A Texas Fall Festival fit for a Queen

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Calvert’s Fall Festival, a joint effort of the Discover Calvert Merchants Association and the Calvert Chamber of Commerce, was everything a fall festival should be and maybe a little bit more—how many similar fall fests get a visit from Britain’s most famous monarch—Queen Victoria?

Just after the cold front came in on Friday evening, announcing that Fall had come indeed, the barbeque pits were set up in preparation for a long morning of slow cooking. On Saturday, children and their parents woke up to crisp autumn breezes and a long day of family fun, starting with the parade at 9:30. The children’s games and art contest, supported by two local churches and a host of volunteers, produced lots of smiles as face art was applied to kids’ cheeks and kids, in turn, painted pumpkins for Halloween. A barrel train pulled kids around the Chamber lot and between rides; children played games and produced art.

When it came time to announce the barbeque winner, the Grand Champion and winner of most of the individual contests was Mary Praytor, the only lady contestant. Throughout the afternoon, the Full House Blues Band entertained an appreciative audience that took time from shopping the Trade Days to relax and enjoy a wide variety music—Rock oldies, County, classics.

The Harvest Ball topped off Saturday with great food, music, costumes and dancing. The food, provided by Carol Allen of The Wooden Spoon, included pecan roasted chicken with a plethora of favorite southern sides like creamed potatoes, squash, spinach salad, pumpkin pie and apple cobbler. Dancers in 1800s costume swirled around to foot-stomping fiddlin’. It was something between a ninetieth century barn dance and a southern ball where Scarlett O’Hara takes the floor. Eighty to eighty-five guests attended the Harvest Ball for a rare and delightful experience.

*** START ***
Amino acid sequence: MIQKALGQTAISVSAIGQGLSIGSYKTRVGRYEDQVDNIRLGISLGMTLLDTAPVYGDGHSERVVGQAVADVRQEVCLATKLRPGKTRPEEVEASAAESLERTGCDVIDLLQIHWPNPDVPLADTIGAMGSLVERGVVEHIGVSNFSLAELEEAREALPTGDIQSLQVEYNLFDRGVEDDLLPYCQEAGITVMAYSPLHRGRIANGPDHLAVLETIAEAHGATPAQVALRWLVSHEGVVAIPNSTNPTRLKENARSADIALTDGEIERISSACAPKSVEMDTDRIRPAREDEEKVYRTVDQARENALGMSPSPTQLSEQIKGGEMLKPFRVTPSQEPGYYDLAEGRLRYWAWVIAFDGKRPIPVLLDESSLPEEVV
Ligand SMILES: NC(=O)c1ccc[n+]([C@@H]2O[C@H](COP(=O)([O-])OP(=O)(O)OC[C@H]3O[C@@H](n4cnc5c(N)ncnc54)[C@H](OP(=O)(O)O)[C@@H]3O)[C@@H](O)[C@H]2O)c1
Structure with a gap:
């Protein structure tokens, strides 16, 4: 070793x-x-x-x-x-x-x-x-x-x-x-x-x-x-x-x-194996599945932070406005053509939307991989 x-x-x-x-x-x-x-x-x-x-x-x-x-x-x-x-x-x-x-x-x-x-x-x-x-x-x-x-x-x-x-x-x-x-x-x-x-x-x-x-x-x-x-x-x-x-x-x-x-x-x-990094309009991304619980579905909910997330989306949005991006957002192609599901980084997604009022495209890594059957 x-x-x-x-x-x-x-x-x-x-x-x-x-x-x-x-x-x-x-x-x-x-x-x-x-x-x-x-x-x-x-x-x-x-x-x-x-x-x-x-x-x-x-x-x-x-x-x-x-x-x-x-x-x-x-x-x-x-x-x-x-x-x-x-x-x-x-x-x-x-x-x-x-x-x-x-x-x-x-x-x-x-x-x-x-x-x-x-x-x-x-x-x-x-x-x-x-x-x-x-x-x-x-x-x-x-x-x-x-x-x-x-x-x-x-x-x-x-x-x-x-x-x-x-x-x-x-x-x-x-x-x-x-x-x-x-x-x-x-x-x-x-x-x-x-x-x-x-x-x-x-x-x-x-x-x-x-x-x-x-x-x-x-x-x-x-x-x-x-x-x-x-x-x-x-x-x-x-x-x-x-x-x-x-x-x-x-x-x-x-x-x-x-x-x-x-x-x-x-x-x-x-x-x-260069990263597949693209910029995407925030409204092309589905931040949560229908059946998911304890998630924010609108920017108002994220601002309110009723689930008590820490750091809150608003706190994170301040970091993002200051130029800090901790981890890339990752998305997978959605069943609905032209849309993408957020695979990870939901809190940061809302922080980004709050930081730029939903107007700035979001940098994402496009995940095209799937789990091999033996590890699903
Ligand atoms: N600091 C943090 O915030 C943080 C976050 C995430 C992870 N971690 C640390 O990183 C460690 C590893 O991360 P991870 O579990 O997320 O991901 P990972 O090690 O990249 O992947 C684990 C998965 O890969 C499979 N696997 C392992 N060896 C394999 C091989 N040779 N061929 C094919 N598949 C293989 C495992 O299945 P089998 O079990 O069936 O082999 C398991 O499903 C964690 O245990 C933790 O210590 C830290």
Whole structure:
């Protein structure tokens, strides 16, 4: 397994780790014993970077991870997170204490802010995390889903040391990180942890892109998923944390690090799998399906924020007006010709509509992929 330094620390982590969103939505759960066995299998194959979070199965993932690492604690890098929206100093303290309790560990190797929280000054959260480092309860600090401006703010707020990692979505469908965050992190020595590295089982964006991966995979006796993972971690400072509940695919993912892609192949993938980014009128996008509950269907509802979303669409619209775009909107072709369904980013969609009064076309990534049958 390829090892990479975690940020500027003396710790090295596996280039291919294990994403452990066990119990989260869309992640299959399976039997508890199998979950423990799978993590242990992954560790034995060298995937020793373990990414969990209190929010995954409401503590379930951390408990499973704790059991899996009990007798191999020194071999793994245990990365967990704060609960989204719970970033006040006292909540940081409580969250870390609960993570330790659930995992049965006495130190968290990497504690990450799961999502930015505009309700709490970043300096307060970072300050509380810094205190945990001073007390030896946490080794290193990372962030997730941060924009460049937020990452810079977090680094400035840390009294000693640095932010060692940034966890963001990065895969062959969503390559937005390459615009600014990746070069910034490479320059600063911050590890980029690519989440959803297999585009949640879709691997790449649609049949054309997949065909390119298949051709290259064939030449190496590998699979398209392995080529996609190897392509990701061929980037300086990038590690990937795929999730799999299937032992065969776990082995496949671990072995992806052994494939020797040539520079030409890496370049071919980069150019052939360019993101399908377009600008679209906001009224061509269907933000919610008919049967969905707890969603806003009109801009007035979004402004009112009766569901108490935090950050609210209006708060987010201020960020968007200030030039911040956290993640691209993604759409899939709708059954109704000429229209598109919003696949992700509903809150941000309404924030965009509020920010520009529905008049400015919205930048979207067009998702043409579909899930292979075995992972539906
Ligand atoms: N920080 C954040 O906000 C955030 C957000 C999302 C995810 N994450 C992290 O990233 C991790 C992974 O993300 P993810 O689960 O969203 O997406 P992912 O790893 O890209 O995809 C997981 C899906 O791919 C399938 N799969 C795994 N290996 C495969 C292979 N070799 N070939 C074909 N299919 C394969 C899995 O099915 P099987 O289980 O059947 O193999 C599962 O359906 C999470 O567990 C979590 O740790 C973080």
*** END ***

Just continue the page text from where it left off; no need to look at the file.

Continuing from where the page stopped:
After a hayride tour of Historic Calvert Sunday morning, one of the weekend’s signature events, the Victoria Tea, was held on the front lawn of Sandy Hudson’s fabulous Texas Street house. Tea and dainties were served to about 60 ladies and gentlemen, but the highlight was Queen Victoria’s contribution—judging the hat contest and giving a little speech about why the Queen of England would come to Texas on her North American tour. She told the audience that, though she was cautioned about going to Texas, she remembered that one of the first new countries she recognized as a young queen was the Republic of Texas, presented to the court of St. James in 1837.

Blue skies, cool breezes and fun for just about everyone made Calvert’s Fall Festival a weekend to remember. Organizer Carla Barker said, “The event was a wonderful success, and we were happy to welcome so many visitors to Calvert.”

Melissa Freeman | Robertson County News

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